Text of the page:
- Fall In Love With Albert Einstein art piece
- The Secrets To Albert Einstein canvas
- 26 July '18
by Shane Lewis26 July '18
Fall In Love With Albert Einstein art piece
The artist uses shapes, colors, forms, and gestural marks to achieve its effect of passing the message coded in Albert Einstein oil painting to the audience. Either a partial abstraction of a head or a symbolic notation on the restless mind of the seminal eponymous genius, the figure at the center of Virtosu 's painting is equivocal.
The superior warmth of the crimsons of the figure or head foregrounds it literally and figuratively for our attention but not unproblematically as interior tensions occur, introduced by the dark recesses of the figure. These tenebrous moments within an integral form could signify both the mystery of the workings of the great man's mind and upsets – within a figure – the traditional art-historical polarity of figure and ground, as the figure both advances to us and recedes from us.
In the aureate background, we can discern perhaps the fragments of buildings washed over in thick impasto. These buildings appear to be clothed in a classical style and could refer to the traditional centuries-old science of Isaac Newton which Einstein would confound with his theories. It is therefore fitting that the figure is either –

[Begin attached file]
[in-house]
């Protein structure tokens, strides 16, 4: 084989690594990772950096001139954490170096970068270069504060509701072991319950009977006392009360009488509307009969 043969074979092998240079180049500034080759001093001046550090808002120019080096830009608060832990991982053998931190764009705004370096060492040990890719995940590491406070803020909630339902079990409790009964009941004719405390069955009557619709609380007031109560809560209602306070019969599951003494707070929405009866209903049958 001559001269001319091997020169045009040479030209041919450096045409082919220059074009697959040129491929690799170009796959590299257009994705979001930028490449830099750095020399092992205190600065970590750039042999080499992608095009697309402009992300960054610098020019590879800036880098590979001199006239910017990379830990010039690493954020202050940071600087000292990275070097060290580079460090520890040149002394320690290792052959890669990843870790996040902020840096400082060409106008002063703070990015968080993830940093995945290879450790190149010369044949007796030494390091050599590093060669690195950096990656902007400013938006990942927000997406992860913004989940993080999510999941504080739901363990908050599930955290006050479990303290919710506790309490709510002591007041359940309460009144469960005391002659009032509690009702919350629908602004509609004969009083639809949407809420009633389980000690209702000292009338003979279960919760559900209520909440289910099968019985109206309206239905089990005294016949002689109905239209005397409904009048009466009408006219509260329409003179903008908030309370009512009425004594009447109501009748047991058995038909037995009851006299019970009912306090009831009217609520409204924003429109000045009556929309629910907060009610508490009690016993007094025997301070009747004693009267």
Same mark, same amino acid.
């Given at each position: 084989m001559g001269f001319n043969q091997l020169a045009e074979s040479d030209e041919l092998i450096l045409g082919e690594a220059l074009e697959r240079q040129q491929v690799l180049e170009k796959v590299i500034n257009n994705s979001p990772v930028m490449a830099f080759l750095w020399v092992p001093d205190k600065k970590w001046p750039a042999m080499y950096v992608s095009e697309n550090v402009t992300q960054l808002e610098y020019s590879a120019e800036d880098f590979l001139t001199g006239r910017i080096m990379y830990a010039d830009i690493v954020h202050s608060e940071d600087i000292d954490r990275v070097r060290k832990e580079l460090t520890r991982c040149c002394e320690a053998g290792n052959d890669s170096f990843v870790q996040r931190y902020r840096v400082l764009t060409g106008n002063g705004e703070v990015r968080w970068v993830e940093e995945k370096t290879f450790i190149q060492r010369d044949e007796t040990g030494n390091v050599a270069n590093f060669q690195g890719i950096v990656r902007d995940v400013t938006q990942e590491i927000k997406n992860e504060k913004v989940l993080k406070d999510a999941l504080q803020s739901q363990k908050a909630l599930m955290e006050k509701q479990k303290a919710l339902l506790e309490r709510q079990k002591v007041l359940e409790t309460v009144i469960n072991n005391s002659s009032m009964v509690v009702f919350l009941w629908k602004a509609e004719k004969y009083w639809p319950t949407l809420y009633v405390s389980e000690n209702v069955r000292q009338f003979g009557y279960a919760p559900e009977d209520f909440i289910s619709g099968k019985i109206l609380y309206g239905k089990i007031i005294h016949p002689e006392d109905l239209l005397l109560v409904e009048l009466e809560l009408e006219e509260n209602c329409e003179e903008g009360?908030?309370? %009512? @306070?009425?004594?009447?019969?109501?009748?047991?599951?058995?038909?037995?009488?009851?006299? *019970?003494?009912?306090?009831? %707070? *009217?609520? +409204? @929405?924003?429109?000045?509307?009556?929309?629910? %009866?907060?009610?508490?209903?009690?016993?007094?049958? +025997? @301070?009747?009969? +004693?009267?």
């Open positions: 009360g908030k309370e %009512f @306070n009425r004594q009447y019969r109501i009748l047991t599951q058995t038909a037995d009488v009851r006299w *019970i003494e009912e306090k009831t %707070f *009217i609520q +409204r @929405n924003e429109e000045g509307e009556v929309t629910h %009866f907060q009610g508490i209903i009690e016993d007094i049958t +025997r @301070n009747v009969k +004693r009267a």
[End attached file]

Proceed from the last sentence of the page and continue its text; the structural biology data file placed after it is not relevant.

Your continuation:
Also, the classical fragments in combination with the frame-within-a-frame of bricked lattices of gold further counterpose the man from the tradition, as the golds appear quiescent in contrast to the vibrancy of the central figure whose xiphoid prongs attest to penetrative insight. Although there is an ambiguity of form as to whether the figure is ahead or abstraction, the artist deftly the 'real' from artistic realism itself and places it within the abstract art domain, not of verisimilitude but of the idea. This would seem to be borne out in the fact that the building fragments in the background, through their spatial displacement and their golden hues, appear to shimmer in the distance like a mirage while the figure is almost of sculptural solidity but not the less indefinable for that.
Given Einstein's famous skepticism of religion, we could see the depicted buildings also as the representative of the perceived constraints of institutions, be they ecclesiastical or secular. In concert with this attitude is this present oil painting, as we see a paean to intellectual freedom embodied in the figure's pulsing life of fluidity and in the contrast between this and the ossified and crumbling background which pales in the light of the power of the human mind.